This milestone marks an important step towards the first contractual delivery in the fourth quarter of 2019.

Airbus is a global leader in aeronautics, space and related services. In 2017 it generated revenues of € 59 billion restated for IFRS 15 and employed a workforce of around 129,000. Airbus offers the most comprehensive range of passenger airliners from 100 to more than 600 seats. Airbus is also a European leader providing tanker, combat, transport and mission aircraft, as well as one of the world’s leading space companies. In helicopters, Airbus provides the most efficient civil and military rotorcraft solutions worldwide.

-ends-
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[*] posted on 22-11-2018 at 10:54 AM


It’s NOT Airbus’s fault! Alright? Sure they can’t produce a spare part to save their lives and integration isn’t a word they’d even heard of when they starting building these, but it’s normal to be a decade or more late and over-charge and under-deliver in business.

You’ve got to focus on how great these things are for a pilot to fly. THAT is what matters most on Airbus products, apparently. Not what capability they deliver at what cost...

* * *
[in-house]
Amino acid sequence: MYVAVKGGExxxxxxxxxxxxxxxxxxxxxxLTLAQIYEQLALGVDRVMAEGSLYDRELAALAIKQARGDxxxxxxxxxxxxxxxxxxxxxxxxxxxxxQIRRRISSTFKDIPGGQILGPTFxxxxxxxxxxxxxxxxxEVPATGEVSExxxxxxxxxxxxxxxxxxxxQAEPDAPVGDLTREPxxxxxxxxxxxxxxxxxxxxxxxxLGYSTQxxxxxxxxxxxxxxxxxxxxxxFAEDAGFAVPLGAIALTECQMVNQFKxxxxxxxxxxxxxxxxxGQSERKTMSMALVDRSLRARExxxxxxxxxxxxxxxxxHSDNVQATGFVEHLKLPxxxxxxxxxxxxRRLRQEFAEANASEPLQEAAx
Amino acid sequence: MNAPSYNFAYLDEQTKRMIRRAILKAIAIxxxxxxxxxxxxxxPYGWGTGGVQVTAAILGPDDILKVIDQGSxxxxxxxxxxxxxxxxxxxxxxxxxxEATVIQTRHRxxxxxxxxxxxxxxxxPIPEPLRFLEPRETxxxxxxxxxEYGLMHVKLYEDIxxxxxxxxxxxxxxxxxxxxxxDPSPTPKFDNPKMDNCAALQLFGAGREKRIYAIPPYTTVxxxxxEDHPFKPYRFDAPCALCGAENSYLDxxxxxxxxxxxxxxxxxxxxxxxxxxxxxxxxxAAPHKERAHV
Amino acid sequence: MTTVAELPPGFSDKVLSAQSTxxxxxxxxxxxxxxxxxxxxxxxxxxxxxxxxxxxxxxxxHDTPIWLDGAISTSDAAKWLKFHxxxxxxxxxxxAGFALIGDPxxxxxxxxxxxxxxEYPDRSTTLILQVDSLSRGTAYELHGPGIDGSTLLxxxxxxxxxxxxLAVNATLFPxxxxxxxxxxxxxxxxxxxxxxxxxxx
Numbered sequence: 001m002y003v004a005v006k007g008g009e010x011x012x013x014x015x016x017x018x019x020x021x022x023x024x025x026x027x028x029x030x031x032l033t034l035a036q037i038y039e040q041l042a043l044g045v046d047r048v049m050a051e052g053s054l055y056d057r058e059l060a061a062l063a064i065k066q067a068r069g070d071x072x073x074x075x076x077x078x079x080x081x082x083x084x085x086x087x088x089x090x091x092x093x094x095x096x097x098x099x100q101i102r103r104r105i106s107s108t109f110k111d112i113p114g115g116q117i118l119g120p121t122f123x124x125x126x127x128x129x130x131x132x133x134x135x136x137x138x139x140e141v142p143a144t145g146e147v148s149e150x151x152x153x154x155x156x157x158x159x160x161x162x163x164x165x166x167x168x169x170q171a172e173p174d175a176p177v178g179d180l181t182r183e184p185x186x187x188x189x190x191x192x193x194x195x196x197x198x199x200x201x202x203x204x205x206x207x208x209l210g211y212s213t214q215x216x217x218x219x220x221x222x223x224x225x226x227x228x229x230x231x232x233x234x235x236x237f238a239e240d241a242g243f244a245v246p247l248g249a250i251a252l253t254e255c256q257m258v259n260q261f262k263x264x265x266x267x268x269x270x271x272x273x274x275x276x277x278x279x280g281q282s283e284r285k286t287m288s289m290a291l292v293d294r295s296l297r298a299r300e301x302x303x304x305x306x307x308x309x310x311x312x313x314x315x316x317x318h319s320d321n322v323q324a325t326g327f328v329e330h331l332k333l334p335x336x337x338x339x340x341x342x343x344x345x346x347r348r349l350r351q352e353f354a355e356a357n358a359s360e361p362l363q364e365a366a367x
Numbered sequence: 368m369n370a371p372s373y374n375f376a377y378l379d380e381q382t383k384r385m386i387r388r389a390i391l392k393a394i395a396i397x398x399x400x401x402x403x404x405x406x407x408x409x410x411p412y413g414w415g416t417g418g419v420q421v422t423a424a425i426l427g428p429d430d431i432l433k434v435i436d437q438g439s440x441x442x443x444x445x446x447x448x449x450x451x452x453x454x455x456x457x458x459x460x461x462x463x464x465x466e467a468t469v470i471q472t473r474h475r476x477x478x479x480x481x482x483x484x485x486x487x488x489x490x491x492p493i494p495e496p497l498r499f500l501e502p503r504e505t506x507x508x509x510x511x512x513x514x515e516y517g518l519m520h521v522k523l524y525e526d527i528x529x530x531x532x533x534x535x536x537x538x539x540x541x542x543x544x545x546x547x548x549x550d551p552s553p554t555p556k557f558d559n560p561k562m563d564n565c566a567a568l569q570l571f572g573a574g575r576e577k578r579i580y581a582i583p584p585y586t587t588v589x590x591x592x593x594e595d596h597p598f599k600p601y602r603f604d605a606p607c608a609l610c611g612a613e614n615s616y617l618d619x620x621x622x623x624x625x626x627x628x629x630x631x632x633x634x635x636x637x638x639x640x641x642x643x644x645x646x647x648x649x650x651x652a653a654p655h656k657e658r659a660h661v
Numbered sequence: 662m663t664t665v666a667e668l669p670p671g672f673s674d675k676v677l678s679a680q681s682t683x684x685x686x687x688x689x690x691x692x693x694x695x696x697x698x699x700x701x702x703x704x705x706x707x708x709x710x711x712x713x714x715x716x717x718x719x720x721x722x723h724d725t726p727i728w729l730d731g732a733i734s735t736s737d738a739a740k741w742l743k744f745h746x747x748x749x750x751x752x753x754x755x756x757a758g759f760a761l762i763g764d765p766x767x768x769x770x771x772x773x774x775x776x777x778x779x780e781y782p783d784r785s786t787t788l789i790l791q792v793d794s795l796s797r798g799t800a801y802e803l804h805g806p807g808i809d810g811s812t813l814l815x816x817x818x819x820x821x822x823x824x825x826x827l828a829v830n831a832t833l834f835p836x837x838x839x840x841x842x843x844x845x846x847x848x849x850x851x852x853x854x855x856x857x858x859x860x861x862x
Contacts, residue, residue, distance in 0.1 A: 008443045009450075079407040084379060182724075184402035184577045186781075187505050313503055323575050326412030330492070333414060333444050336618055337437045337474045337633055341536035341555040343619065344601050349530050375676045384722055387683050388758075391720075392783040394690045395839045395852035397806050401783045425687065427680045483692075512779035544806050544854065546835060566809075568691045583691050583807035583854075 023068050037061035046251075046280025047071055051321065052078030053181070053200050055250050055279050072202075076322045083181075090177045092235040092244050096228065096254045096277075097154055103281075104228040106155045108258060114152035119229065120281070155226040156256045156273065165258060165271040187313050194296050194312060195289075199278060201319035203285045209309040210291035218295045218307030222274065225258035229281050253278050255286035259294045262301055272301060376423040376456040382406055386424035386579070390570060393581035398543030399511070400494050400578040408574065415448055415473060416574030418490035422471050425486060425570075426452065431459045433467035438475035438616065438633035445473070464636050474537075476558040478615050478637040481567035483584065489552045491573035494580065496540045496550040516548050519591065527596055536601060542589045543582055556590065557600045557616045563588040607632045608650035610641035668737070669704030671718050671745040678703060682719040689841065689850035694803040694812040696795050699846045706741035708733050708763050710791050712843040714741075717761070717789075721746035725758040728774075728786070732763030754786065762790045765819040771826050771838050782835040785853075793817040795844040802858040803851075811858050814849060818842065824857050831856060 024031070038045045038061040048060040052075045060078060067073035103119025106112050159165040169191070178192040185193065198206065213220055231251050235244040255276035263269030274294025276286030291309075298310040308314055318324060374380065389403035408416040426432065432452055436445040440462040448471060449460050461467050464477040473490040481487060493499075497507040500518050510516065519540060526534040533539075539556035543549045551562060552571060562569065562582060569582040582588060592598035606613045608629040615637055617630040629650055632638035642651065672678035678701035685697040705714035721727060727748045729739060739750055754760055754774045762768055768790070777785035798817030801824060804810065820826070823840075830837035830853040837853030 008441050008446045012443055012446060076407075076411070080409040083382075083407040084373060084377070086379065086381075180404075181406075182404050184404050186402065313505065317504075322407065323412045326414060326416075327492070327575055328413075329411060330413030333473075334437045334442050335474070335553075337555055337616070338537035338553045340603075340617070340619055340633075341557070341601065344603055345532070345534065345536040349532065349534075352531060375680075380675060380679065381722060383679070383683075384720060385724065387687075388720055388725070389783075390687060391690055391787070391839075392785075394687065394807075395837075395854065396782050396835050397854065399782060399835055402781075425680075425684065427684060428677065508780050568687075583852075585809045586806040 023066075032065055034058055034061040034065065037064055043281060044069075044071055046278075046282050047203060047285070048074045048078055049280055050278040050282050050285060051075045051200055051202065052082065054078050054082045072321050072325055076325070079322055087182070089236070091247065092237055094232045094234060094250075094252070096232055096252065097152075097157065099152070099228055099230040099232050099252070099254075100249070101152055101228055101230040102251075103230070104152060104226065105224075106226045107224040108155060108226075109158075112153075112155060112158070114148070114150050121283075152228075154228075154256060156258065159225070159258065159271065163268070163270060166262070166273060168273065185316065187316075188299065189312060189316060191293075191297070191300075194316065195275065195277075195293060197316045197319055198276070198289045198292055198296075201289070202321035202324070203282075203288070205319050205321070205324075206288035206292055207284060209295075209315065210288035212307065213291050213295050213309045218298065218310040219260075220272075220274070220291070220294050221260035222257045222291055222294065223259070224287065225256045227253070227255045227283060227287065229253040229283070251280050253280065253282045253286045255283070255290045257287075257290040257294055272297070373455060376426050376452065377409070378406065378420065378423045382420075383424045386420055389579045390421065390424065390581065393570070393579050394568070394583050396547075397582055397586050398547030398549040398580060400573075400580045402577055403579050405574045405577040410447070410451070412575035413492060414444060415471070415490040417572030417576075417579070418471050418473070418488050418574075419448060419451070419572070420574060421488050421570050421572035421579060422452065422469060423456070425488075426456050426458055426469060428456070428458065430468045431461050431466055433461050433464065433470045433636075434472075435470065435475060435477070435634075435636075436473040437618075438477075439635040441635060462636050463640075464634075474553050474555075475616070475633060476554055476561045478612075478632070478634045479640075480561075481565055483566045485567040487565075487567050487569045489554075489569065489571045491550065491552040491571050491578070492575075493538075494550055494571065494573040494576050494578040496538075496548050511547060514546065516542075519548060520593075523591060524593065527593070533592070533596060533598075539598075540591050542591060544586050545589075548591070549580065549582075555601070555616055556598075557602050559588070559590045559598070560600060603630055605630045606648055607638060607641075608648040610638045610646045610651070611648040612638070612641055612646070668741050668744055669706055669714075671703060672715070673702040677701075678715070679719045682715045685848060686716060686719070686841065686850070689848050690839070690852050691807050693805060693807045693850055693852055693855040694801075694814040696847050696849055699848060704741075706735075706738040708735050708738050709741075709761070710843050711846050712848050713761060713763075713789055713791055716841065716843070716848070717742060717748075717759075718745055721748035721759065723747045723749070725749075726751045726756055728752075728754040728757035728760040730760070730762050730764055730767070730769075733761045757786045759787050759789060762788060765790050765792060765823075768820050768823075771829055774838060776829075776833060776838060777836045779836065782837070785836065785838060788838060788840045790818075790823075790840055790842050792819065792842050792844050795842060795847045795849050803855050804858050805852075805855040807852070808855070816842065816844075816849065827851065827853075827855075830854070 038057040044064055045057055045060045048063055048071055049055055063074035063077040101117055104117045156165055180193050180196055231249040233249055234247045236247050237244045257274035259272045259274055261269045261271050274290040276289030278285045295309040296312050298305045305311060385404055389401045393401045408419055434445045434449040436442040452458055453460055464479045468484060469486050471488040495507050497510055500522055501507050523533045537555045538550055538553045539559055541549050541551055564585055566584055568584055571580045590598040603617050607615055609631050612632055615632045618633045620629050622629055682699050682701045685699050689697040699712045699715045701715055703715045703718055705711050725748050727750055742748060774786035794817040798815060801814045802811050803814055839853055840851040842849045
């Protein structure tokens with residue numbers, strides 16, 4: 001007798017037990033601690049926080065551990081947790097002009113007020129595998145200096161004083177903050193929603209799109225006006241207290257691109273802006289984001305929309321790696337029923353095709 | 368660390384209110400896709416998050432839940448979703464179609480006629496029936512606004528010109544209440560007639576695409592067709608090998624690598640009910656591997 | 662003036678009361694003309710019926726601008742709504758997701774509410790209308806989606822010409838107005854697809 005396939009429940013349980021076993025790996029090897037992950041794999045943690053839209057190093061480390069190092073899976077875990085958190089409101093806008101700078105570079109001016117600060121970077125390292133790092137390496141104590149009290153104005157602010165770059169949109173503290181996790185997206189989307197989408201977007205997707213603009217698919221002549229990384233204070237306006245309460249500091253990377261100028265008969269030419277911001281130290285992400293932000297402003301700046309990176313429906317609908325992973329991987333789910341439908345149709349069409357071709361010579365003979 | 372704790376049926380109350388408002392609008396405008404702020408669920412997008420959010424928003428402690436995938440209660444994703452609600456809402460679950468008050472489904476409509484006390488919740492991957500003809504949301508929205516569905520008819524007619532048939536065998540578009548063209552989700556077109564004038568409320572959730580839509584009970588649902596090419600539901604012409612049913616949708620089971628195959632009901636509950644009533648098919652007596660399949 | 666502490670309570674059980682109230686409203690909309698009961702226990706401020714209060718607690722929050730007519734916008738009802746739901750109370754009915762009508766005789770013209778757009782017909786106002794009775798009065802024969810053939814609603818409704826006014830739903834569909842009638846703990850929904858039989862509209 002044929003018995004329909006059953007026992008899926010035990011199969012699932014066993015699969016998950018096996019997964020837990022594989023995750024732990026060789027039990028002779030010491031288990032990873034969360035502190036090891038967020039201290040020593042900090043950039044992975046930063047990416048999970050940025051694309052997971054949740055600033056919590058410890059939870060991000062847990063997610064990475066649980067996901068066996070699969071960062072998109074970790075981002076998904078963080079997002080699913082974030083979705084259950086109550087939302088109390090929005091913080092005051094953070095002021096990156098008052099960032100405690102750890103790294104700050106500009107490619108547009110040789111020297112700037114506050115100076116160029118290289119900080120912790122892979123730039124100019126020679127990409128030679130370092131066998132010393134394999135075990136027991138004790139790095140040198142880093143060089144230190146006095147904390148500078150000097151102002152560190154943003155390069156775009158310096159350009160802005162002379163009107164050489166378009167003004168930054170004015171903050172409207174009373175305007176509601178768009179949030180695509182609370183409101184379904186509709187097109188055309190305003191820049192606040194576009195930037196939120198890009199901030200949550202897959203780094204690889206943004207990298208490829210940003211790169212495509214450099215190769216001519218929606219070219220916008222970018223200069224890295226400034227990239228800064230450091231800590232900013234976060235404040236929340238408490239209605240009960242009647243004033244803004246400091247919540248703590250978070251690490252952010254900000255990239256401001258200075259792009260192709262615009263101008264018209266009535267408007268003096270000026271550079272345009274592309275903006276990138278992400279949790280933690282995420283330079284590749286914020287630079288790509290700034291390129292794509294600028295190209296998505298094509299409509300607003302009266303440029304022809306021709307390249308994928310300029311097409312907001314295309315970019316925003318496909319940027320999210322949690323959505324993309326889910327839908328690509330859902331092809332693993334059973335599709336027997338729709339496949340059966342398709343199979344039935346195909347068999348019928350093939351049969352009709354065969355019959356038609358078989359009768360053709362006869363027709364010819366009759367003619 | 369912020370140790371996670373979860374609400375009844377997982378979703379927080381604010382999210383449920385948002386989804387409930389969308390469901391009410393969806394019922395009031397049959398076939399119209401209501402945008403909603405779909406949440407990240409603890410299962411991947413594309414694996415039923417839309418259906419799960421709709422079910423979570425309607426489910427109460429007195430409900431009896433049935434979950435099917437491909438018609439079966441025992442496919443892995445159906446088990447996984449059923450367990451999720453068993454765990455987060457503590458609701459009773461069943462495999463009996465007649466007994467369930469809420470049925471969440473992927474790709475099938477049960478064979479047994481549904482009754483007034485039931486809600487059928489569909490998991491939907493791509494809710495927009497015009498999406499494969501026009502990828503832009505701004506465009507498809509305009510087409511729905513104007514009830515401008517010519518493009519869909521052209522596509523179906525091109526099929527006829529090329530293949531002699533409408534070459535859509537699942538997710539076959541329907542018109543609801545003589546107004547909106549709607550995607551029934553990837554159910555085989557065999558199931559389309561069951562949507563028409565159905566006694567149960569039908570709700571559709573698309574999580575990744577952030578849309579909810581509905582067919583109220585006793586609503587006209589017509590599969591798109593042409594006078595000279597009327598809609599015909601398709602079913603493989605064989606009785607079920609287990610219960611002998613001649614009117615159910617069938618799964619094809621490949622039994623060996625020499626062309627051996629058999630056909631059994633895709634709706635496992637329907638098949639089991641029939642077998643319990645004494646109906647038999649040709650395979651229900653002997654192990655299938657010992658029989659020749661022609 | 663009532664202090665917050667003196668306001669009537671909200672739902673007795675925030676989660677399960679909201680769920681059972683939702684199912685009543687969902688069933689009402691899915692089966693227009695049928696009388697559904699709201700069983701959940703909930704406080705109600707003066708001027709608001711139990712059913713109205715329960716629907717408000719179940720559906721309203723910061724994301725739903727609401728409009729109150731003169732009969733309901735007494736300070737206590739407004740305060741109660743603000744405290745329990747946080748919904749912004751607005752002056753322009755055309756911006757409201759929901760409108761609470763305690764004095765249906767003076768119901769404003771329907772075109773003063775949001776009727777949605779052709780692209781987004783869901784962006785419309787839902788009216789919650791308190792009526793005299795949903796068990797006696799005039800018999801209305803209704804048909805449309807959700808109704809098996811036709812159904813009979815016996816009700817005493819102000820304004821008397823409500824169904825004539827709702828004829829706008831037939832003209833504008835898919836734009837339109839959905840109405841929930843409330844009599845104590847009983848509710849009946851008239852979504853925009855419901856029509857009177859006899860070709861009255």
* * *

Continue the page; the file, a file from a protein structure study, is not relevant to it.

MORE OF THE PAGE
In a low speed post-merge manoeuvring fight, with a high off-boresight 4th generation missile and Helmet Mounted Display, the Super Hornet will be a very difficult opponent for any current Russian fighter, even the Su-27/30
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[*] posted on 11-12-2018 at 09:45 AM


Airbus H160M: Alongside the French Armed Forces

(Source: Airbus Helicopters; issued Dec 7, 2018)

By Alexandre Marchand


A model of the H160M’s naval version, intended to replace the French Navy’s Dauphins and support its NH90s. It will be fitted with folding main rotor, and will be armed with lightweight torpedoes and light anti-ship missiles. (AHC image)

The H160M, the military version of the H160, was chosen in 2017 to be the standard aircraft for the French armed forces’ Light Interservice Helicopter (Hélicoptère Interarmées Léger – HIL) programme—a significant choice in renewing and streamlining the fleet of the French State, Airbus Helicopters’ biggest customer in number of aircraft.

A fundamental need

The French State has a large fleet of helicopters, with a total of 578 helicopters, 480 of which are in the service of the Ministry of Defence and 98 with the Ministry of the Interior. However, over the years, the increasingly wide range of missions entrusted to helicopters has led to several families of specialised aircraft, resulting in a heterogeneous fleet. Some of the State’s ageing fleet require a greater amount of maintenance, especially as field operations, which are both numerous and long, have a significant negative impact on the fleet’s state of repair.

A modern response